• Starting a coat zipper with one hand is nearly impossible.
  • Same with tying shoes.
(Hmm, maybe those last two are just extensions of the synergy thing)
  • One can ride a stationary trainer with one arm. And while it's not nearly as much fun as flying down High Bridge Road in the Snoqualmie Vally, it's still better than not riding at all.
Back to the two handed synergy thing, I haven't been blogging because my typing is ridiculously slow and frustrating. But I should be receiving a copy of Dragon NaturallySpeaking in the next day or, so stay tuned for some Kerouac style rambling stream of consciousness blog posts in the coming days.

In the meantime, play safe and by all means don't FOOSH.

P.S. By the way, this coming Saturday is the first SIR brevet of the season. I'm going to have to stay off the bike for this one but I'm looking forward to cheering on my rando friends from the safety of one of the controls. See you out there!

Monday, March 7, 2011


What's FOOSH, you ask? FOOSH is the sound that a big goal or dream makes as it rapidly deflates. FOOSH is also an acronym used by the medical profession that stands for "Fall On OutStretched Hand" and is often the cause of a wrist fracture. And it's a shockingly powerful energy mint.

This weekend Sarah and I went to the Oregon coast with some friends for a fun relaxing weekend on the beach. Saturday afternoon while Troy, Dave and I were walking on the rocky jetty at the end of the Nehalem spit, I slipped on a rock and landed on... you guessed it, my outstretched hand. On impact it made a sickening muffled crunch noise like breaking a 3/4 inch stick wrapped in a piece of flank steak. I knew before I looked at it that it was broken. But I still had to look, and a quick inventory told me that I had one new elbow in middle of my left wrist that didn't belong there.

The next thought that entered my mind a half second after the realization that my arm was broken was the realization that my chances for making the Charly Miller society at this summer's PBP were also broken. I let out a stream of obscenity that caused nearby barnacles to blush.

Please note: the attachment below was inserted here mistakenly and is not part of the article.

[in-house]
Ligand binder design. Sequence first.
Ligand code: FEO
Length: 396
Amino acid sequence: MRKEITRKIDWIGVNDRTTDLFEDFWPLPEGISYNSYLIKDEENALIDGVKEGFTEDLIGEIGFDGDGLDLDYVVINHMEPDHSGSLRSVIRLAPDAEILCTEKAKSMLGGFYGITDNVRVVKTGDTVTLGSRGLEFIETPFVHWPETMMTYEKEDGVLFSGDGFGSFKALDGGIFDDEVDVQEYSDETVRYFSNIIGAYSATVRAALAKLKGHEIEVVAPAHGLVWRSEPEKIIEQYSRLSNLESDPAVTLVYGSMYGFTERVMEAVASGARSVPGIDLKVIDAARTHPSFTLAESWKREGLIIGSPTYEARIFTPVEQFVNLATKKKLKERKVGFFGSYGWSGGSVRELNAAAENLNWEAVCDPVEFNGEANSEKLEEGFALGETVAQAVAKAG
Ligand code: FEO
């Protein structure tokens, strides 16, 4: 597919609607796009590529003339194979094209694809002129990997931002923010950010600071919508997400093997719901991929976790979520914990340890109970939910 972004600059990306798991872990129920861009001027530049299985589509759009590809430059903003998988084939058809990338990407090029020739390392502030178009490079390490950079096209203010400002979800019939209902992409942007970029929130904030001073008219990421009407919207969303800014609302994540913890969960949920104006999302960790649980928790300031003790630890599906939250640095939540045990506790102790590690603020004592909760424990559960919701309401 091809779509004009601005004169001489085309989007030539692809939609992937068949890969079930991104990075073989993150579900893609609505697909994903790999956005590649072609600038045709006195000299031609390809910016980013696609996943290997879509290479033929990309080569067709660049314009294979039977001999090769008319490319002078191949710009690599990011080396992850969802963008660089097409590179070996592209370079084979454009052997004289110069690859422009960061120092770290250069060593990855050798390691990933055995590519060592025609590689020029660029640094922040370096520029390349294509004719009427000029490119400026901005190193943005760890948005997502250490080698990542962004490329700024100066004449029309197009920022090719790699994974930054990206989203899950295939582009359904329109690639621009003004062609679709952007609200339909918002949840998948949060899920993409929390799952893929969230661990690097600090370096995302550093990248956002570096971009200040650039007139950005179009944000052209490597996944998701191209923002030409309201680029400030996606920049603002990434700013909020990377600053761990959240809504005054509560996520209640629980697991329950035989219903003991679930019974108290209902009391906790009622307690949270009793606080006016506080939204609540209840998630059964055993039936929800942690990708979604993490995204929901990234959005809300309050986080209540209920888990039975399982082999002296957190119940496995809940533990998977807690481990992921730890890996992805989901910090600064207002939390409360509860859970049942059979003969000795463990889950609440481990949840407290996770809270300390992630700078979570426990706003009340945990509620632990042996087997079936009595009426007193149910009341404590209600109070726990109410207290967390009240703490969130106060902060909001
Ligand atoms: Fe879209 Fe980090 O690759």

From where I fell we had to walk a couple miles to where Sarah was able to meet us with the car. As we walked, my friends Troy and Dave tried to convince me that I would still have time to recover from this injury and train for PBP. I appreciated their efforts to cheer me up, but finishing PBP in 56:40 was always going to be a long shot. This injury will probably keep me off the bike for at least 4 - 5 weeks. Then it will take me a while to get some strength and mobility back in my arm, not to mention regaining the cardiovascular fitness and leg strength I'll lose while I'm off the bike. I haven't given up hope completely on PBP yet, but at this point just finishing may be my new stretch goal.

Friday, March 4, 2011

We've Been Snobbed

This just in: Bike Snob NYC will be making an appearance at the Seattle Bike Expo on March 12th and 13th. While no expert on Pacific Northwest history, BSNYC does write the best bicycle related blog in the blogosphere (believe it or not that's the first time I've ever written that word, and I'm kinda hoping it's the last).

I've never been to a bike expo before and I don't exactly get goose-pimply with anticipation when I imagine the scene. Still, a chance to see BSNYC in the flesh (not that I expect to see him naked) may be enough to get me there. We shall see...